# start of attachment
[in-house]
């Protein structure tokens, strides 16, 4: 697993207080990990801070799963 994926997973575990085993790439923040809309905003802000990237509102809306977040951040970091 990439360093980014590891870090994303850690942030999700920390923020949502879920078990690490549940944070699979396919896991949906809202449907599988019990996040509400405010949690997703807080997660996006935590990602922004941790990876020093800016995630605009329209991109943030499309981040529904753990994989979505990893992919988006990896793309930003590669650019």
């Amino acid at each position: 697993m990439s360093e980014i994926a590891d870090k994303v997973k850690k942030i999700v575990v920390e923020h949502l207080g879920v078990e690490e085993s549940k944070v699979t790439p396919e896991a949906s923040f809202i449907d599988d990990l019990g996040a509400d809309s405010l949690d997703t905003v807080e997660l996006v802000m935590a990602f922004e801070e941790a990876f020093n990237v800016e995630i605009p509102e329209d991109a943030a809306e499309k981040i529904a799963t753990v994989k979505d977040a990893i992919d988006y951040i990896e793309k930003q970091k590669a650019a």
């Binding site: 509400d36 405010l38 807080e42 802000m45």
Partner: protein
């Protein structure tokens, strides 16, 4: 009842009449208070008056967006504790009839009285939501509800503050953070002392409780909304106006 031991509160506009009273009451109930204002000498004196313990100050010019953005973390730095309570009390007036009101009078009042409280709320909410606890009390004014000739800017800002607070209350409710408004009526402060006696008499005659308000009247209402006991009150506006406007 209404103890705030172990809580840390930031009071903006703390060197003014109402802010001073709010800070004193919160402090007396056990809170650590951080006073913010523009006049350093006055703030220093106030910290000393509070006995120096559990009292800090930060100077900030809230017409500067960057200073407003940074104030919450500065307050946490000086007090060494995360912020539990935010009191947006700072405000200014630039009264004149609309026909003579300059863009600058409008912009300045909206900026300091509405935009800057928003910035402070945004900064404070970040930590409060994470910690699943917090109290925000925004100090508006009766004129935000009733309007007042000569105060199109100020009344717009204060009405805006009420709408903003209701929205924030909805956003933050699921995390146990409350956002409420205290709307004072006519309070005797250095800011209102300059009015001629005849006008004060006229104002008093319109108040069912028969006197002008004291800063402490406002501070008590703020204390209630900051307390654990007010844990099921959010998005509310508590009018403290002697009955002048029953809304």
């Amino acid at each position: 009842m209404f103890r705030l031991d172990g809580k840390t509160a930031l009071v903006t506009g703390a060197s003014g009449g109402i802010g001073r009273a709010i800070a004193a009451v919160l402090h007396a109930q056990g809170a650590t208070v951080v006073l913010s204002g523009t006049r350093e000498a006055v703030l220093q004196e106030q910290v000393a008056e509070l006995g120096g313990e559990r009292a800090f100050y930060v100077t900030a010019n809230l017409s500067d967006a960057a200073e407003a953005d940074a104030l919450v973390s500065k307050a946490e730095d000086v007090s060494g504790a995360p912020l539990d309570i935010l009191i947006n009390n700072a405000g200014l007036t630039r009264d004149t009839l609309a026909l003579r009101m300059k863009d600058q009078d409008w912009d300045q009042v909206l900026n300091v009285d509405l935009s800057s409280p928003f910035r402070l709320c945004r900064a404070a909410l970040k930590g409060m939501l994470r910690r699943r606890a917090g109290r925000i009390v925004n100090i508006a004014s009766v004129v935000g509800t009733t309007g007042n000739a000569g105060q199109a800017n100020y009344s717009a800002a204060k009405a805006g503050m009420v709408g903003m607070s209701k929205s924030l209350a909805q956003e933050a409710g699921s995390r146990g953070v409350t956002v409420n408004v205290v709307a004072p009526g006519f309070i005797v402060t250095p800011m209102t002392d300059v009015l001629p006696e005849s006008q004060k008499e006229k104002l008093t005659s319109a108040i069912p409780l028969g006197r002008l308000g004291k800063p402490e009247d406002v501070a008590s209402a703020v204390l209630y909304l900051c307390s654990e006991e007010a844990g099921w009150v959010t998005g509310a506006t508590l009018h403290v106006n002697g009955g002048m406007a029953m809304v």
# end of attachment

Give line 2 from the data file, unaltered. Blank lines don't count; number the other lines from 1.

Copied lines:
């Protein structure tokens, strides 16, 4: 697993207080990990801070799963 994926997973575990085993790439923040809309905003802000990237509102809306977040951040970091 990439360093980014590891870090994303850690942030999700920390923020949502879920078990690490549940944070699979396919896991949906809202449907599988019990996040509400405010949690997703807080997660996006935590990602922004941790990876020093800016995630605009329209991109943030499309981040529904753990994989979505990893992919988006990896793309930003590669650019």